• Algernop Krieger (voiced by Lucky Yates) is the head of the ISIS applied research department. He spends most of his time and money working on projects to facilitate his kinky sexual fantasies or on bizarre, Dr. Moreau-esque experiments. He has had at least two iterations of a holographic, anime-style girlfriend/fiancé named Mitsuko Miyazumi, and has developed the technology to turn human beings into cyborgs. It is discovered that he is possibly a clone of Adolf Hitler, being one of the "Boys from Brazil", but there is some ambiguity to his status as a Hitler clone, as he points out in the season 6 finale that he doesn't actually resemble Adolf Hitler. Krieger's credentials are often called into question, and he admits that he's not really a doctor. However, he is often as competent as the show needs him to be, alternating between being ingenious and horribly inept. It is furthermore suggested that the character to emerge at the end of season 5 and going forward into season 6 is not season 1-4 Krieger, but that one of the clones with whom he [fatally] tangles in the season finale has substituted him. A recurring meme is the appearance of different Rush album art on his van in each episode where it is seen.
  • Raymond Q. "Ray" Gillette (voiced by Adam Reed) is an openly gay intelligence analyst/field agent and one of the few competent members of ISIS. Along with Lana, he often serves as the voice of reason on the show. Ray appeared only three times in season 1, becoming a regular character in season 2. Raised in a trailer park in Ferlin, West Virginia, he was once an ordained minister, as well as an Olympic bronze medalist in the giant slalom. Malory frequently emasculates him, often calling him "Ms. Gillette." The show has made a running gag of Ray sustaining serious injuries including being shot in the abdomen, twice injuring one of his eyes, being repeatedly crippled and wheelchair-bound, and losing his right hand. Krieger equips Ray with bionic legs, feet, and a (dark-skinned) right hand as a result of his various injuries, turning him into a cyborg.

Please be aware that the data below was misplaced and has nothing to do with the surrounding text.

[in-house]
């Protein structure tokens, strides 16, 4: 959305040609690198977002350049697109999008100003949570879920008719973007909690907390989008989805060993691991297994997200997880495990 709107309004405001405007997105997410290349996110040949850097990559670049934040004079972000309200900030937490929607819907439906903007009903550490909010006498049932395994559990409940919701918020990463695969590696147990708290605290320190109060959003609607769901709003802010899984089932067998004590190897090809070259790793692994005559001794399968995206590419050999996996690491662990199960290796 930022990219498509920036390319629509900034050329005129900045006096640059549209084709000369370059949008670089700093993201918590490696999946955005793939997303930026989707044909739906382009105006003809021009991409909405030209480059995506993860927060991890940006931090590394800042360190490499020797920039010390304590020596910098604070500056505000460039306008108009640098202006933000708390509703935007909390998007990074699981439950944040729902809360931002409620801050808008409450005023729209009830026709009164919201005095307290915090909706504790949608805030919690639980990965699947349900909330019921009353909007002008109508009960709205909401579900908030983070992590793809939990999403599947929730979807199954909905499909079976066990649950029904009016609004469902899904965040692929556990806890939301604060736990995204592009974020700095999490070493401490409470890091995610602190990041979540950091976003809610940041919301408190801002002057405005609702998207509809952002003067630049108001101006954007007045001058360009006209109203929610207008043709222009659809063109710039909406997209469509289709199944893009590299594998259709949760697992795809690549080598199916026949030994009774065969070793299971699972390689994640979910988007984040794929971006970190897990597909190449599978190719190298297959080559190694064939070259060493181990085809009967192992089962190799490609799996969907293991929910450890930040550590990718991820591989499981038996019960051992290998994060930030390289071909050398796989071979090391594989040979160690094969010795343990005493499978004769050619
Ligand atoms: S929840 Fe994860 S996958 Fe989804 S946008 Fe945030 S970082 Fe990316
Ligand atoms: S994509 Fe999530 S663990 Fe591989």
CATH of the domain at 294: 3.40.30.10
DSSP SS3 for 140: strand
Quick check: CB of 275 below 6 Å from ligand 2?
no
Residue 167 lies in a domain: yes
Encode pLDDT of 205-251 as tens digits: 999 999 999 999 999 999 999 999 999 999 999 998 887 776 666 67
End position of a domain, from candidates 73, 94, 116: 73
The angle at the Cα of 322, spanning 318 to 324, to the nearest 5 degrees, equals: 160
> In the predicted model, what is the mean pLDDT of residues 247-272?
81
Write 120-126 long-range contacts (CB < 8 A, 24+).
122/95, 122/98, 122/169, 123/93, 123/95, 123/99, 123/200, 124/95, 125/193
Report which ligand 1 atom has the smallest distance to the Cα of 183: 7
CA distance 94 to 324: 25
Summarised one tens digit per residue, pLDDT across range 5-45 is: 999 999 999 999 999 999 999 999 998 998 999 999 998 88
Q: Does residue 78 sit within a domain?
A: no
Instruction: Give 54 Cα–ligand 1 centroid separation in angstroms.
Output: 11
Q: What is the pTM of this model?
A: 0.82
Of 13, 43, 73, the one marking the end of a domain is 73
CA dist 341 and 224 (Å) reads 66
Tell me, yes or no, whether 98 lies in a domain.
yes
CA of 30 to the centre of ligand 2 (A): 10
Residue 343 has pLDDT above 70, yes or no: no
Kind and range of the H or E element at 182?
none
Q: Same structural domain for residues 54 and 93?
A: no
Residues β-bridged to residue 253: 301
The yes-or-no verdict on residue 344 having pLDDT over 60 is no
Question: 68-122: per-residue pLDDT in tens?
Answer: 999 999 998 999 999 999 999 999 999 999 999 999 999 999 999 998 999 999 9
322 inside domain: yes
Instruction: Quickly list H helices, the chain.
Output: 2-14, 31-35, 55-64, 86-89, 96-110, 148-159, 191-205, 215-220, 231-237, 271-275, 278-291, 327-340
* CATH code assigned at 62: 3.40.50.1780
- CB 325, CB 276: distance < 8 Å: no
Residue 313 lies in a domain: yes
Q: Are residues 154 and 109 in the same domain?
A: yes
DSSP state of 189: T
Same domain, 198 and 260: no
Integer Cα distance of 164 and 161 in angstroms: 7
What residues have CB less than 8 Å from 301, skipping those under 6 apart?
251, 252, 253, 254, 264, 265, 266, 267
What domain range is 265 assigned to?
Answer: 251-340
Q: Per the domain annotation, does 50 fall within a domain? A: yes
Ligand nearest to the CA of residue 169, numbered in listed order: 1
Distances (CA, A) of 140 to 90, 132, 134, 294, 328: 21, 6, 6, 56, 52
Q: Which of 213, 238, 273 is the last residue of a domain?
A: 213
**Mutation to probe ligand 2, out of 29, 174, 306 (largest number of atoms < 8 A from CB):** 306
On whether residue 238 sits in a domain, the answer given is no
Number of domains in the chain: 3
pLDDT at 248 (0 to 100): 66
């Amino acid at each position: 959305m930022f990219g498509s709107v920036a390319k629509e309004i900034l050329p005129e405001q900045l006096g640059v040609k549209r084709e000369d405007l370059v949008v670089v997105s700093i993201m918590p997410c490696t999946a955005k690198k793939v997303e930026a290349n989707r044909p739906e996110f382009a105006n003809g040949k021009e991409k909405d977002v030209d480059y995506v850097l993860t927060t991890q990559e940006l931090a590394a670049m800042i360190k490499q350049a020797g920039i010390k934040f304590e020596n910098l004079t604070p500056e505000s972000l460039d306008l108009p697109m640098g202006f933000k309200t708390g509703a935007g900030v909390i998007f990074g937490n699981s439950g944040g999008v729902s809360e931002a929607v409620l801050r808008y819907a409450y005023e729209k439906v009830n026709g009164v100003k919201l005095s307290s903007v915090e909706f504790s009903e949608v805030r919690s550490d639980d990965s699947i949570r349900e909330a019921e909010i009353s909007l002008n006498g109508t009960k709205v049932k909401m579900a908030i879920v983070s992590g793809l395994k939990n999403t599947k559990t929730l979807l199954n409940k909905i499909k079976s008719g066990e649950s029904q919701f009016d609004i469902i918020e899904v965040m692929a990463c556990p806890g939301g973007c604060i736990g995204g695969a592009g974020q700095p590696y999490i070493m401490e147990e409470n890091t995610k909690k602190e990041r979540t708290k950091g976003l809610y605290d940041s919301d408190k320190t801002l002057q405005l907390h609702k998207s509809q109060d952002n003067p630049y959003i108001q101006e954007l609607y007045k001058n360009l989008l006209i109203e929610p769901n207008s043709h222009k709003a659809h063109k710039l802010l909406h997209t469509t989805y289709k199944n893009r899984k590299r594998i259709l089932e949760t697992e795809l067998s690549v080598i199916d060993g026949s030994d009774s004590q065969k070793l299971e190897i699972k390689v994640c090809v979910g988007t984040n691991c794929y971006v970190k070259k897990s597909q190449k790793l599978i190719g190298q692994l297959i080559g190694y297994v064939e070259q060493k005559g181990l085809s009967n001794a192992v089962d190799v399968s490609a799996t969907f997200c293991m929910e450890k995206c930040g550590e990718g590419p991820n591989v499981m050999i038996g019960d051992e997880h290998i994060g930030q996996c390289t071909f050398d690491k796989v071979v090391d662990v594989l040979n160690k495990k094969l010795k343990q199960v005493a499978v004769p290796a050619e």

• Arthur Henry Woodhouse (voiced by George Coe [2009–2015]; Roy McCrery, flashbacks; Tom Kane, Archer Vice) is Sterling's long-suffering, heroin-addicted, English valet, who usually patiently accepts the unending stream of abuse hurled at him by Sterling, possibly in part due to Sterling's resemblance to a pilot friend of his from World War I with whom Woodhouse was secretly in love. Season 3, episode 5: The Double Deuce, Woodhouse speaks of his admiration for Captain Reginald Thistleton during the war in France; spring 1917. He is an old acquaintance of Malory, having helped her deliver Sterling under dangerous circumstances, he is also one of the few people she (generally) treats respectfully. In the season eight premiere, it is revealed that Woodhouse has died, and the episode opens with his funeral.